Impact of brain injury on functional measures of amplitude-integrated EEG at term equivalent age in premature infants

    loading  Checking for direct PDF access through Ovid

Abstract

OBJECTIVE:

To evaluate the association between qualitative and quantitative amplitude-integrated EEG (aEEG) measures at term equivalent age (TEA) and brain injury on magnetic resonance imaging (MRI) in preterm infants.

STUDY DESIGN:

A cohort of premature infants born at < 30 weeks of gestation and with moderate-to-severe MRI injury on a TEA MRI scan was identified. A contemporaneous group of gestational age-matched control infants also born at < 30 weeks of gestation with none/mild injury on MRI was also recruited. Quantitative aEEG measures, including maximum and minimum amplitudes, bandwidth span and spectral edge frequency (SEF90), were calculated using an offline software package. The aEEG recordings were qualitatively scored using the Burdjalov system. MRI scans, performed on the same day as aEEG, occurred at a mean postmenstrual age of 38.0 (range 37 to 42) weeks and were scored for abnormality in a blinded manner using an established MRI scoring system.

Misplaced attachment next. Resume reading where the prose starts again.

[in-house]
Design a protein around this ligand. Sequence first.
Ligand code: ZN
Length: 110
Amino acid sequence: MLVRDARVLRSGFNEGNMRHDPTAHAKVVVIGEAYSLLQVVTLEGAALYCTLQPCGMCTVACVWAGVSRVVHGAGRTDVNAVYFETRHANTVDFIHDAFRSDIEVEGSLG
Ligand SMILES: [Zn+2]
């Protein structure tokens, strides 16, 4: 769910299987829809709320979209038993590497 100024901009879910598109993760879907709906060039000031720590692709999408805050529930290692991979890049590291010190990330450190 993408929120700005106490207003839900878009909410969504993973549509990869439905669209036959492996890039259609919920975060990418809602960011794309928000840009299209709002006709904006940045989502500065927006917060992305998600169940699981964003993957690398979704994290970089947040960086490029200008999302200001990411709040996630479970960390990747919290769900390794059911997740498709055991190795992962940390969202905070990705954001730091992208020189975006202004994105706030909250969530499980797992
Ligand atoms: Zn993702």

RESULTS:

Twenty-eight (46.7%) infants had a normal MRI or mild brain abnormality, while 32 (53.3%) infants had moderate-to-severe brain abnormality. Univariate regression analysis demonstrated an association between severity of brain abnormality and quantitative measures of left and right SEF90 and bandwidth span (β = -0.38, -0.40 and 0.30, respectively) and qualitative measures of cyclicity, continuity and total Burdjalov score (β = -0.10, -0.14 and -0.12, respectively). After correcting for confounding variables, the relationship between MRI abnormality score and aEEG measures of SEF90, bandwidth span and Burdjalov score remained significant.

CONCLUSION:

Brain abnormalities on MRI at TEA in premature infants are associated with abnormalities on term aEEG measures, suggesting that anatomical brain injury may contribute to delay in functional brain maturation as assessed using aEEG.

Related Topics

    loading  Loading Related Articles